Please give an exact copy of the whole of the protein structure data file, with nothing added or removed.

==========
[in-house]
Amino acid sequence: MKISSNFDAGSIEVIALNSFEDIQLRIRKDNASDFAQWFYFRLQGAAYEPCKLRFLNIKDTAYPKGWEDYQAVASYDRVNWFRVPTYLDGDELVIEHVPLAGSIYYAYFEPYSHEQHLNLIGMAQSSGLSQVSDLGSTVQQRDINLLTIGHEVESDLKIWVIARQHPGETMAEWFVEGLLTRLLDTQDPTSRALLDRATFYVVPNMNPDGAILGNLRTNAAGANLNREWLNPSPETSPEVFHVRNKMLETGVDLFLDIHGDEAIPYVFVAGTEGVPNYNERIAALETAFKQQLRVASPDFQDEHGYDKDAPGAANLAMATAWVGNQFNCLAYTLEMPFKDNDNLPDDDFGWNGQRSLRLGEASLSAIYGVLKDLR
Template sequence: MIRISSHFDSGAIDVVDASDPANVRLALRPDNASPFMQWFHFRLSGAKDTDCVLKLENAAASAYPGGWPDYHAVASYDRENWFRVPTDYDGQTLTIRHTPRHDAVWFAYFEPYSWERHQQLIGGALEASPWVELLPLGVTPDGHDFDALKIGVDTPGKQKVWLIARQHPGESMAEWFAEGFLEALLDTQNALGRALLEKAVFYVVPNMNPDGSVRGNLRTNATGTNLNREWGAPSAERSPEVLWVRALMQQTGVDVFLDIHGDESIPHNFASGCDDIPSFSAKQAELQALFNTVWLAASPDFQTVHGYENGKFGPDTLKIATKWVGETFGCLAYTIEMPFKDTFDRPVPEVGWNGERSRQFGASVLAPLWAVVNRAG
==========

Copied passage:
[in-house]
Amino acid sequence: MKISSNFDAGSIEVIALNSFEDIQLRIRKDNASDFAQWFYFRLQGAAYEPCKLRFLNIKDTAYPKGWEDYQAVASYDRVNWFRVPTYLDGDELVIEHVPLAGSIYYAYFEPYSHEQHLNLIGMAQSSGLSQVSDLGSTVQQRDINLLTIGHEVESDLKIWVIARQHPGETMAEWFVEGLLTRLLDTQDPTSRALLDRATFYVVPNMNPDGAILGNLRTNAAGANLNREWLNPSPETSPEVFHVRNKMLETGVDLFLDIHGDEAIPYVFVAGTEGVPNYNERIAALETAFKQQLRVASPDFQDEHGYDKDAPGAANLAMATAWVGNQFNCLAYTLEMPFKDNDNLPDDDFGWNGQRSLRLGEASLSAIYGVLKDLR
Template sequence: MIRISSHFDSGAIDVVDASDPANVRLALRPDNASPFMQWFHFRLSGAKDTDCVLKLENAAASAYPGGWPDYHAVASYDRENWFRVPTDYDGQTLTIRHTPRHDAVWFAYFEPYSWERHQQLIGGALEASPWVELLPLGVTPDGHDFDALKIGVDTPGKQKVWLIARQHPGESMAEWFAEGFLEALLDTQNALGRALLEKAVFYVVPNMNPDGSVRGNLRTNATGTNLNREWGAPSAERSPEVLWVRALMQQTGVDVFLDIHGDESIPHNFASGCDDIPSFSAKQAELQALFNTVWLAASPDFQTVHGYENGKFGPDTLKIATKWVGETFGCLAYTIEMPFKDTFDRPVPEVGWNGERSRQFGASVLAPLWAVVNRAG